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It's two reasons for teenagers to wear mask, One is to stop them infecting other people but also there is one element of protection against other kids who are also chattering away as they go along that crowded corridor.

Source of info: https://youtu.be/KD44ynY6Wts?t=207

Can you explain why they use against here? wearing the mask is a protection of element that support others. So why against?

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    Your clip only starts at the end of the sentence, but "There are two reasons for teenagers to wear masks" would seem more likely. Why against? Because you protect yourself against something that could harm you - here, catching the virus from other children.. – Kate Bunting Mar 3 at 16:06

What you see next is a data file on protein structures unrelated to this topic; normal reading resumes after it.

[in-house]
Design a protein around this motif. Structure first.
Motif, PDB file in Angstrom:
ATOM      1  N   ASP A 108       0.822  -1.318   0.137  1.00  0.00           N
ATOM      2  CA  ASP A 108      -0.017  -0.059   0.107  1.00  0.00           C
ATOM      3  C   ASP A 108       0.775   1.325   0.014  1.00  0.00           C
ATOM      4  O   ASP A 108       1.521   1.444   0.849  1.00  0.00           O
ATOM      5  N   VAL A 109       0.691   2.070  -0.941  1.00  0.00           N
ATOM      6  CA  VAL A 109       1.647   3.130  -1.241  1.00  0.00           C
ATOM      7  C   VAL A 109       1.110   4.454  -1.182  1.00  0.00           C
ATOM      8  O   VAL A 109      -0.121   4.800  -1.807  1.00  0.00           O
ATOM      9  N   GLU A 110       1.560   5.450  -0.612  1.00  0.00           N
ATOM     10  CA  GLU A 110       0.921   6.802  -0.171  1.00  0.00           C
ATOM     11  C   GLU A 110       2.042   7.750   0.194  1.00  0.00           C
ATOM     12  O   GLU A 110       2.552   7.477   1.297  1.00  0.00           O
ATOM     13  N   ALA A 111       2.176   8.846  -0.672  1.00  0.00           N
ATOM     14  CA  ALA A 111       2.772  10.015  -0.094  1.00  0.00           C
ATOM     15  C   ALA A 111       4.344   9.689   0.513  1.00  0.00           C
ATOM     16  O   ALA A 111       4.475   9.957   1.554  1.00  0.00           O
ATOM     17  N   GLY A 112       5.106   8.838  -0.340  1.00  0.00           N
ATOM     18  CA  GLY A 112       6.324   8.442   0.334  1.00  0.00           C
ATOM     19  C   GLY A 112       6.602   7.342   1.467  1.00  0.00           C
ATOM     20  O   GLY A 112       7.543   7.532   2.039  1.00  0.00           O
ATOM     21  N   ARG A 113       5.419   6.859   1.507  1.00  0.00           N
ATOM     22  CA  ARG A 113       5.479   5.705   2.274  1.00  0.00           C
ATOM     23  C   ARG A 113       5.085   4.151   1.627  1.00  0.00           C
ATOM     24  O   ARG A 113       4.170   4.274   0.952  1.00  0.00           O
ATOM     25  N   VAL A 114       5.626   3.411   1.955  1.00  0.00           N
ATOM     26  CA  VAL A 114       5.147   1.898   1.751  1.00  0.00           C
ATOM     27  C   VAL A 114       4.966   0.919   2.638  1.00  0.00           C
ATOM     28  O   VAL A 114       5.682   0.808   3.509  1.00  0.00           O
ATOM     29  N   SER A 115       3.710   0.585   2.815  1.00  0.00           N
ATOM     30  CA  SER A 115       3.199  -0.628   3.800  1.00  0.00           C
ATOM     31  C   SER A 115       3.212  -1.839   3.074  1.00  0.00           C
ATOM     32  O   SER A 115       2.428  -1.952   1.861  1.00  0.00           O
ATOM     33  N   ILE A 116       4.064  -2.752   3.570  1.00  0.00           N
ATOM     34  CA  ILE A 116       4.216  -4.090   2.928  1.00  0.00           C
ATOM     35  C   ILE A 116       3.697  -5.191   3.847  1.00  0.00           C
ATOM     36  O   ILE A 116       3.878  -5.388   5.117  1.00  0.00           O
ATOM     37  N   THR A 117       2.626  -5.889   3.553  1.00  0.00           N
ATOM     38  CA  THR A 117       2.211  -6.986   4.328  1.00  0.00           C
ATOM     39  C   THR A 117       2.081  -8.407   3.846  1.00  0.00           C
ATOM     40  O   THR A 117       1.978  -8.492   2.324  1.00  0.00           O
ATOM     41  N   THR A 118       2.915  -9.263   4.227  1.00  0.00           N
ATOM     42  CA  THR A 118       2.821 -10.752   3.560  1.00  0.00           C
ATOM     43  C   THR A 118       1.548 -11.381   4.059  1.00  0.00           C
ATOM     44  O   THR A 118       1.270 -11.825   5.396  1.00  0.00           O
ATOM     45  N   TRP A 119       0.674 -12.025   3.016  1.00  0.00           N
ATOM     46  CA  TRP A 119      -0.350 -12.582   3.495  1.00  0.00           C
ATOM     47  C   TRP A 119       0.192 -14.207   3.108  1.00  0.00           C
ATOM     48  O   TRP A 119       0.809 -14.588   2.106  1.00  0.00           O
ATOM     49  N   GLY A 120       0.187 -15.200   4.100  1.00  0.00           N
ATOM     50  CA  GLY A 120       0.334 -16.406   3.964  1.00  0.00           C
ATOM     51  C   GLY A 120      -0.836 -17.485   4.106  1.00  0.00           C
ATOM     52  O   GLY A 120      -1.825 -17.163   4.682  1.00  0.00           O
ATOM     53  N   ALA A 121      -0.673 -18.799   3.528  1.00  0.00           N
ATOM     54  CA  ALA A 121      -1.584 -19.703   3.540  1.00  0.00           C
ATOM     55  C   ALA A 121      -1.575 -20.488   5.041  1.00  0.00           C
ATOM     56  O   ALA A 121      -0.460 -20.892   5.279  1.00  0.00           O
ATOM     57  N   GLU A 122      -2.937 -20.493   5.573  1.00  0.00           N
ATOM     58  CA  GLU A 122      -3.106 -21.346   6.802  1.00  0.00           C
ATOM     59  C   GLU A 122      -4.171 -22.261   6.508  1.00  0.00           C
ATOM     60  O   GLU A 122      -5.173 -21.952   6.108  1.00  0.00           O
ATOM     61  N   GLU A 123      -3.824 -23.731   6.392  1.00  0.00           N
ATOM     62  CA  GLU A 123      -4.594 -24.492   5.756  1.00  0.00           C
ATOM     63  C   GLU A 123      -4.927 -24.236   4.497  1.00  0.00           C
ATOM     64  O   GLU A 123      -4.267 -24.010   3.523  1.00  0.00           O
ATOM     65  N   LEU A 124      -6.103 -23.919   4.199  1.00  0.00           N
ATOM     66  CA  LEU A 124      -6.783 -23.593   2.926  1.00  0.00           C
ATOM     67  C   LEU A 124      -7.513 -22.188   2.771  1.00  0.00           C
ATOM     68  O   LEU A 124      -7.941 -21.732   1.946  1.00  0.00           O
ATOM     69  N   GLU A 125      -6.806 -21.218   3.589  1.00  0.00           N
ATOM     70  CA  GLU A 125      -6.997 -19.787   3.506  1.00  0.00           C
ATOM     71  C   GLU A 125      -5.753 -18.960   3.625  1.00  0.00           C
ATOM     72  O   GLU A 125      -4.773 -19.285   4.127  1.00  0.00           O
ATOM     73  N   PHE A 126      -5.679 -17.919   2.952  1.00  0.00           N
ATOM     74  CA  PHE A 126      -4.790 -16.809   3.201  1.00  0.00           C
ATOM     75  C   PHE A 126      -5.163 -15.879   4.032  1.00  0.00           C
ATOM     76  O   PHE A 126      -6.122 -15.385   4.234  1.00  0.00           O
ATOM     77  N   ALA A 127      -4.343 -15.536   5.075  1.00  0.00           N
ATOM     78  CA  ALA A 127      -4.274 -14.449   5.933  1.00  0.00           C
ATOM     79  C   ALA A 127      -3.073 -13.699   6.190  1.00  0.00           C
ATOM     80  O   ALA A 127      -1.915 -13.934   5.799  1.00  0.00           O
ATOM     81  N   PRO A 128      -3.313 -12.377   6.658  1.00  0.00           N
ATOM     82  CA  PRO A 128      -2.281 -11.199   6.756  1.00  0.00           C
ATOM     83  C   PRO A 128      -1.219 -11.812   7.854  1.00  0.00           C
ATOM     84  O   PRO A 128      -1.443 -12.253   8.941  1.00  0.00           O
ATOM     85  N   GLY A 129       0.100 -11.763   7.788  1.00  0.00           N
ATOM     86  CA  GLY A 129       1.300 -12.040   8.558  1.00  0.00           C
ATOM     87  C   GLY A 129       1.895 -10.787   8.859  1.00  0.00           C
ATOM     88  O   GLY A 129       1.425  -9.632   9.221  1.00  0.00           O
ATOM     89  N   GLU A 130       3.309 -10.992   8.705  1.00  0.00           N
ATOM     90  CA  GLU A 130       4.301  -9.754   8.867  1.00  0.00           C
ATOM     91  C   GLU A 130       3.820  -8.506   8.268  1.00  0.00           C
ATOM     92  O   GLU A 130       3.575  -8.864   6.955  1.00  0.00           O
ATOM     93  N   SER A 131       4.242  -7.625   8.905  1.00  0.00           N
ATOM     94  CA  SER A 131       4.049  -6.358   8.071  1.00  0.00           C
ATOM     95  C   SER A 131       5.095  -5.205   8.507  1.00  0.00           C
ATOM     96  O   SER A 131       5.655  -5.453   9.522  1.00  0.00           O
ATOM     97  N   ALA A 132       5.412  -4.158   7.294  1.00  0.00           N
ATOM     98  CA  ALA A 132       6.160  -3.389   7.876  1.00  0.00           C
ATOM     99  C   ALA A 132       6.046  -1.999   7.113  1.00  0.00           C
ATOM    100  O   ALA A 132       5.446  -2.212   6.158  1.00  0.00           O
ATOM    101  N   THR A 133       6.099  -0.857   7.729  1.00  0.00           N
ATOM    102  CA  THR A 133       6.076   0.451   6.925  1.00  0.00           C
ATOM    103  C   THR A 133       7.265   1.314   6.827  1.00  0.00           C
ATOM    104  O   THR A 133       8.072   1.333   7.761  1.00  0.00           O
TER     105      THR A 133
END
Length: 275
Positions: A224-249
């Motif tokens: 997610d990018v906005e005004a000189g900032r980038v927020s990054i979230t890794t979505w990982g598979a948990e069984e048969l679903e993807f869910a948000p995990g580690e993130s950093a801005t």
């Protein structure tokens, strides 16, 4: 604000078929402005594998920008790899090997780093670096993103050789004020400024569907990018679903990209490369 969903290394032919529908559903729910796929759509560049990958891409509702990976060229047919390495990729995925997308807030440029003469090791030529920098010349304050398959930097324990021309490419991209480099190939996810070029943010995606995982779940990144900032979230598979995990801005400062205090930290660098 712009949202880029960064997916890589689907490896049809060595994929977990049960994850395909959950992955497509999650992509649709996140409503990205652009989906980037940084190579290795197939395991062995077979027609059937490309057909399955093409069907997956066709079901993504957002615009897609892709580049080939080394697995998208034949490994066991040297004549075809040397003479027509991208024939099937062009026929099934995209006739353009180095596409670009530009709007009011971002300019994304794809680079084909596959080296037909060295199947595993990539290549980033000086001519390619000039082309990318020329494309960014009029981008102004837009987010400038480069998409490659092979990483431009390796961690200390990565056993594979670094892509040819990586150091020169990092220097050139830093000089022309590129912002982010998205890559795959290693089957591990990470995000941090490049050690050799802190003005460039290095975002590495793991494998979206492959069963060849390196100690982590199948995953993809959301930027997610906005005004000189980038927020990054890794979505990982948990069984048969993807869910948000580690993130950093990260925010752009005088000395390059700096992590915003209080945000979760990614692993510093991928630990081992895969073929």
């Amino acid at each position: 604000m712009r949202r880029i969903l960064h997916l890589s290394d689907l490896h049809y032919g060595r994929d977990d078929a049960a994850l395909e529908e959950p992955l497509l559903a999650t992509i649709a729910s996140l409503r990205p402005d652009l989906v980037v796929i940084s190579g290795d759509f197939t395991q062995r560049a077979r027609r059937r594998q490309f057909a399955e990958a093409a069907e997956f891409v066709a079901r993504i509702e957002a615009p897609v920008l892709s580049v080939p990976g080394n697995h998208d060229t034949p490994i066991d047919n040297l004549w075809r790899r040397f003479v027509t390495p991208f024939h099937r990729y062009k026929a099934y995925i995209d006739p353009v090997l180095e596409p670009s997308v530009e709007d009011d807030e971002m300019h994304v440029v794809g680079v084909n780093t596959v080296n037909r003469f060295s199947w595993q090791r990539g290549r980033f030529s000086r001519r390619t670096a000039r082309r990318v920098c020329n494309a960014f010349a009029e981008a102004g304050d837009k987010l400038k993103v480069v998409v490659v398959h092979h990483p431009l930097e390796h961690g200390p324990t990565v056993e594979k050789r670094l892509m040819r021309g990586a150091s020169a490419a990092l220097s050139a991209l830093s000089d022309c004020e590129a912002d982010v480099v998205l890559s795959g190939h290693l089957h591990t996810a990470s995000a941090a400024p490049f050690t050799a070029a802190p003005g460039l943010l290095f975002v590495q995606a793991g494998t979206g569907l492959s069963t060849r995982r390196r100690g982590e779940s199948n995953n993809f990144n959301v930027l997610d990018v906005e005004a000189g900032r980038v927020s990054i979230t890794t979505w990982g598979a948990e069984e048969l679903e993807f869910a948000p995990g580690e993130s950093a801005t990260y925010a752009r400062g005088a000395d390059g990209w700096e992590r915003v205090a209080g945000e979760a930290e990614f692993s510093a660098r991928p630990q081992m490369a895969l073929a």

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Protect implies that there is a threat of some kind. We use from or against to express what that threat is.

The threat is really Covid, or infection by Covid:

The mask protects us against infection/Covid.

But by metonymy we can also refer to the source of the infection as the threat:

The mask protects us against people with Covid.

and specifically

The mask protects us against children who are chattering, and therefore, if infected, breathing out the virus.

By the way It's for two reasons for ... is not idiomatic English. We can say It's for two reasons. as the reply to a question, but if we are going to qualify it with a purpose (for students to wear masks), only There are two reasons is idiomatc.

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    Colin, another upvote. it could be from, too. – Lambie Mar 3 at 17:09

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